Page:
Nashville & Middle Tennessee Chapter

The Nashville and Middle Tennessee Chapter held a dinner meeting at the Sunset Grill on June 27. Geno Merli, MD, of Jefferson Medical College and Thomas Jefferson University (Philadelphia), gave a presentation “Update in Venous Thromboembolism.”

Western Massachusetts Chapter

The Western Massachusetts Chapter held a dinner meeting on May 11 at the Federal Restaurant in Agawam, Mass. A lively presentation, “Get with the Guidelines: A Foundation for a Healthier Community” was given by Anthony Gray Ellrodt, MD, chief of medicine at the Berkshire Medical Center, University of Massachusetts Medical School (Worcester).

Boston Chapter

The SHM Boston Chapter hosted an educational workshop for hospitalists on June 9 at Jimmy’s Harborside Restaurant. Daniel Dressler, MD, assistant professor of medicine, hospitalist medical director at the Emory University School of Medicine (Atlanta), lectured on “Implementing Quality Improvement Programs to Reduce Antimicrobial Resistance and Health-Care Acquired Infections.”

This exciting collaboration between SHM and the Centers for Disease Control and Prevention to develop this educational workshop was excellent in equipping attendees with the knowledge and tools required to implement and promote best practices within their institutions.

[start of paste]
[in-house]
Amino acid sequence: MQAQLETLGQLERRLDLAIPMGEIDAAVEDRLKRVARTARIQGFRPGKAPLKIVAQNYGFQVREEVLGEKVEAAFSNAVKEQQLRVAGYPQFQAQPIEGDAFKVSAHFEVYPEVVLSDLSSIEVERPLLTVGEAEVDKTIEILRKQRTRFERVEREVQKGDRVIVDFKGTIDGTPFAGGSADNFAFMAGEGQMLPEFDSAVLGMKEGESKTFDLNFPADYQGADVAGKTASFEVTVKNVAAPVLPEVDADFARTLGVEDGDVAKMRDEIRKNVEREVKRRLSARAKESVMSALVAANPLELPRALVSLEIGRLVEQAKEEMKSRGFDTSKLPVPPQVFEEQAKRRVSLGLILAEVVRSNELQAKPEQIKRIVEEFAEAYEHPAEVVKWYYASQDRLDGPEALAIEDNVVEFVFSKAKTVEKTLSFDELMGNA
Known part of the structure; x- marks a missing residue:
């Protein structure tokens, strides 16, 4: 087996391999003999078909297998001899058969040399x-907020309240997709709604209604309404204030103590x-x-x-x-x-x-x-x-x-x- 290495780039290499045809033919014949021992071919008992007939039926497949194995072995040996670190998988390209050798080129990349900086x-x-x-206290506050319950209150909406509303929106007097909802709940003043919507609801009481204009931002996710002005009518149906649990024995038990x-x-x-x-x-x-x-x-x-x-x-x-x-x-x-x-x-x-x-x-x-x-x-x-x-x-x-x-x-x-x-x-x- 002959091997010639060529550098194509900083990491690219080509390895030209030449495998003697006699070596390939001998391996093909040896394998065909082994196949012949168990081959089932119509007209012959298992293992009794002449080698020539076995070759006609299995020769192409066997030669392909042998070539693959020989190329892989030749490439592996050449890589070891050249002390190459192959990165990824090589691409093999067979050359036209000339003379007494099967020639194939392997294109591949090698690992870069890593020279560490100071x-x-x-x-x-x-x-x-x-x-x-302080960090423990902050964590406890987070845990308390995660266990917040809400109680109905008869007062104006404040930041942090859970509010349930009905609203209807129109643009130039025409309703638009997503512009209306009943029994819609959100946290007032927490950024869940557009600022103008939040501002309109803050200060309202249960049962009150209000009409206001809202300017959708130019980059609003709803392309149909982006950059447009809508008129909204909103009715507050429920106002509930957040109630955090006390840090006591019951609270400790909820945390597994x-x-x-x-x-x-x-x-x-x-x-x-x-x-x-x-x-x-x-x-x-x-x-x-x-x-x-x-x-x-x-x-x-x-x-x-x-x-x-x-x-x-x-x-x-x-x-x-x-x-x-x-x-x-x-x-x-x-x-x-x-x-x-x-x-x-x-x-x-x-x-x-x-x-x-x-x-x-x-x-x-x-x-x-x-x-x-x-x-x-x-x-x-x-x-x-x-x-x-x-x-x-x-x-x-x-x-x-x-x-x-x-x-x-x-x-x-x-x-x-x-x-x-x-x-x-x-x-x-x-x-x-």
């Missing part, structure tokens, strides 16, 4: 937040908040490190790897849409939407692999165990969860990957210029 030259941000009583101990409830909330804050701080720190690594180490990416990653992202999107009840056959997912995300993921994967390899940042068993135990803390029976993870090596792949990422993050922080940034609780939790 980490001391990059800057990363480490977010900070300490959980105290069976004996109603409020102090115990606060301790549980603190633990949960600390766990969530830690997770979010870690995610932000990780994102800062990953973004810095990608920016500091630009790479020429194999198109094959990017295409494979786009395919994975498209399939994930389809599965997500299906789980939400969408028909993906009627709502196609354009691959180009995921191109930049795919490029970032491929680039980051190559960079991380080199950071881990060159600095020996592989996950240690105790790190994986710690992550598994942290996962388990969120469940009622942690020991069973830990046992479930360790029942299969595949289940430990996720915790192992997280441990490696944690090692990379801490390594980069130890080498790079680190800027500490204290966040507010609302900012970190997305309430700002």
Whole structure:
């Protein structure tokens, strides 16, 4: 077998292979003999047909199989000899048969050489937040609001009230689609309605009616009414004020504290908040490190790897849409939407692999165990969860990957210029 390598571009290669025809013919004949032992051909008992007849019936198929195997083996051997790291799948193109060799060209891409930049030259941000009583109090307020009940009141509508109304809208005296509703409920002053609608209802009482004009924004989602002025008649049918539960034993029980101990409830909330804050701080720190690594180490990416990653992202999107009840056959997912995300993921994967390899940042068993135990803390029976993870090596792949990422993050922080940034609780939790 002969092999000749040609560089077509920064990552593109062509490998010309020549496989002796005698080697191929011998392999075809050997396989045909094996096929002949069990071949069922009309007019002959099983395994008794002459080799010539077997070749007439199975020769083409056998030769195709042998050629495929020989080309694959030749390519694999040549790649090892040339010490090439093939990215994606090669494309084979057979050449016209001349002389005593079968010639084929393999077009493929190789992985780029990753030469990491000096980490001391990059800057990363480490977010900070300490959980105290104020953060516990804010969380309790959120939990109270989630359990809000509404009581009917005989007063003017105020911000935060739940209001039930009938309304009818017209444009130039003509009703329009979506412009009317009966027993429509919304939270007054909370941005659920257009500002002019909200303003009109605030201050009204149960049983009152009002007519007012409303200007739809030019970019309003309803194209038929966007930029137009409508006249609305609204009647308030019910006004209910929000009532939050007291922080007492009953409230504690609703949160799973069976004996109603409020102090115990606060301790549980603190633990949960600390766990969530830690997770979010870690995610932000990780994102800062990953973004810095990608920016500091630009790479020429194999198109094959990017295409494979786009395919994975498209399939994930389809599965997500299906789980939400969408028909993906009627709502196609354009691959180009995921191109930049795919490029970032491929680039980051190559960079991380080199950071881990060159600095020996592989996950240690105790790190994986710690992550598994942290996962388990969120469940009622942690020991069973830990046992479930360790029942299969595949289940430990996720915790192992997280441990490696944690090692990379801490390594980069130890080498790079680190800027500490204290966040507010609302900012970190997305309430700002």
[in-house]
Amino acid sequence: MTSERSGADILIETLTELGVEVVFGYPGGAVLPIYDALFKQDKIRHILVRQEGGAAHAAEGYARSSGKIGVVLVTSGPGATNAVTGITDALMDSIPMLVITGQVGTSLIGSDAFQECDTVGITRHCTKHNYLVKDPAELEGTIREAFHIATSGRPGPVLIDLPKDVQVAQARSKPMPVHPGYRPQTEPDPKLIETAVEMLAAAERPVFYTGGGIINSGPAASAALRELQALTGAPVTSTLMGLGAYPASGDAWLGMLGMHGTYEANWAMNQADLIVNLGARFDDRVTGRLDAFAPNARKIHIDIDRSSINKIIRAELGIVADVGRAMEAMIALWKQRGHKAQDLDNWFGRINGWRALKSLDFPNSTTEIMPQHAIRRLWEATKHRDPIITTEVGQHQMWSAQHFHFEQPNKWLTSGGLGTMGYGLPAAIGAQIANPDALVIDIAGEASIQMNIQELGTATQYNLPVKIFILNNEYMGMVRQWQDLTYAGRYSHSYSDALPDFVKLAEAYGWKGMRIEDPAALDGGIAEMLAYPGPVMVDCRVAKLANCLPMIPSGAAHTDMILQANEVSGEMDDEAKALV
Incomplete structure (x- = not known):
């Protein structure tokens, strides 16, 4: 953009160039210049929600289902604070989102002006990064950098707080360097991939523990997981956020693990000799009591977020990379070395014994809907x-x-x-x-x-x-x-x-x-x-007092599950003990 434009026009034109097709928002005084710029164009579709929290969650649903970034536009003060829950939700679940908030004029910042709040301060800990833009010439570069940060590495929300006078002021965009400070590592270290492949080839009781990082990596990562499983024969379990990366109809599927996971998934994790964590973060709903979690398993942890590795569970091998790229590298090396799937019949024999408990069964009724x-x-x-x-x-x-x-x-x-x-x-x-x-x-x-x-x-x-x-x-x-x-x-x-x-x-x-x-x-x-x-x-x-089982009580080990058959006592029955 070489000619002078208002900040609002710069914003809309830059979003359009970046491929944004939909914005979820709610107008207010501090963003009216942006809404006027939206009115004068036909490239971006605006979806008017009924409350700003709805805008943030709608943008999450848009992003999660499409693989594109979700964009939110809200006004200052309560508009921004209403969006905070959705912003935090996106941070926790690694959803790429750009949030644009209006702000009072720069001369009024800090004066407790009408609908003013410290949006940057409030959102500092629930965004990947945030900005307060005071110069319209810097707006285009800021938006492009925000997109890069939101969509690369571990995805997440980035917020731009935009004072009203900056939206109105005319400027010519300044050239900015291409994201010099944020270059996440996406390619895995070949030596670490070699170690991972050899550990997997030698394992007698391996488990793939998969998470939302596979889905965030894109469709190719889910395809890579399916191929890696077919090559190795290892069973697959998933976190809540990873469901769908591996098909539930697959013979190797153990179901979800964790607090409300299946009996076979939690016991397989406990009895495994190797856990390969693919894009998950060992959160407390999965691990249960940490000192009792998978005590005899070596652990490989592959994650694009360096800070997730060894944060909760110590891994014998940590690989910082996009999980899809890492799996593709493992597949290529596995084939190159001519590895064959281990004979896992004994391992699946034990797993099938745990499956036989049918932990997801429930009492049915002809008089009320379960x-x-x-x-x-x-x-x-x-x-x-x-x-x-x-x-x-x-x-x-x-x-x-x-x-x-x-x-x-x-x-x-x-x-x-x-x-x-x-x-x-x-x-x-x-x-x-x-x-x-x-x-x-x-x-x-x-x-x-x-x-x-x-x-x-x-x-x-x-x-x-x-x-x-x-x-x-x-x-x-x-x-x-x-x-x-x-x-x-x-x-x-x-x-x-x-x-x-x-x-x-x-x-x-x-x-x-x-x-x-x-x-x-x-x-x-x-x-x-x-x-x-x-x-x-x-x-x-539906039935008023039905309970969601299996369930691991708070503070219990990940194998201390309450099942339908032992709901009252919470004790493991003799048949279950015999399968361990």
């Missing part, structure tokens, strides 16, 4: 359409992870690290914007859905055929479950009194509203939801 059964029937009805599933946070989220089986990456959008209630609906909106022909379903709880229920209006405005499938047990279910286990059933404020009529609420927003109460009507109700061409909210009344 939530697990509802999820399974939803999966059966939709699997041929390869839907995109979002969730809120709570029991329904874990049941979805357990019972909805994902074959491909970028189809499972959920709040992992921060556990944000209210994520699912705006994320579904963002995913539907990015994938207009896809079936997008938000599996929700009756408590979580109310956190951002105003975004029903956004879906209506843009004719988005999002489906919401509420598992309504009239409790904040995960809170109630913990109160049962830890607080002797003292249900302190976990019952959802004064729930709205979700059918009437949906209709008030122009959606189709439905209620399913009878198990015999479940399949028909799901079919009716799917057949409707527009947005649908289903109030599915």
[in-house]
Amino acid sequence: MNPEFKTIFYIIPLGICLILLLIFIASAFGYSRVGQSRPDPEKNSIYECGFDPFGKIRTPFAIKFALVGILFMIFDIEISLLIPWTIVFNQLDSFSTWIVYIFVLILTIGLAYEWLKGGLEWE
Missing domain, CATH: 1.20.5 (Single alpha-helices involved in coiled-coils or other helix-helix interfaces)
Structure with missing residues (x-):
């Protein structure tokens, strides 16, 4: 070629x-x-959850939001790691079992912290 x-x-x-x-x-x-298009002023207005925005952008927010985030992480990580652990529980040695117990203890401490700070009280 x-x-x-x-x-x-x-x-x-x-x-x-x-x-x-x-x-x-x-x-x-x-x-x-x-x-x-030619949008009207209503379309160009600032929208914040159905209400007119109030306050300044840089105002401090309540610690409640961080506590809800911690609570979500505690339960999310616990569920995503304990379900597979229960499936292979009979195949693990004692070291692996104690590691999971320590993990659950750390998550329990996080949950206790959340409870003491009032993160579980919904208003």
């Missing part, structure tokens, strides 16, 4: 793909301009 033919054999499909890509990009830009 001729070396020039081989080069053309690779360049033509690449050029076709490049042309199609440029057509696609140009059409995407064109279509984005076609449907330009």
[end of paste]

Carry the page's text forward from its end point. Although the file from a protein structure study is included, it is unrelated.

Oregon Chapter

The SHM Oregon Chapter took part in hosting the educational workshop produced by the collaboration between SHM and the Centers for Disease Control and Prevention. This workshop, held July 14 at Oba! Restaurante, equipped attendees with the knowledge and tools required to implement and promote best practices within their institutions. Featured speaker Daniel Dressler, MD, assistant professor of medicine, hospitalist medical director at the Emory University School of Medicine (Atlanta), lectured on “Implementing Quality Improvement Programs to Reduce Antimicrobial Resistance and Health-Care Acquired Infections.”

Recommended Reading

Community-Acquired Pneumonia: Implications for the Hospitalized Child
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Clostridium difficile–Associated Diarrhea and Colitis: A Significant Cause of Nosocomial Infection
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Inpatient Management of Urinary Tract Infections in Infants and Young Children
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Infective Endocarditis
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Preventing Surgical Site Infections
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Acute Bacterial Meningitis in Adults
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Hospitalists Recognize and Reward Value
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Hospitalists Stand Up at AMA and in D.C.
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The New and the Timeless
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Are You Culturally Competent?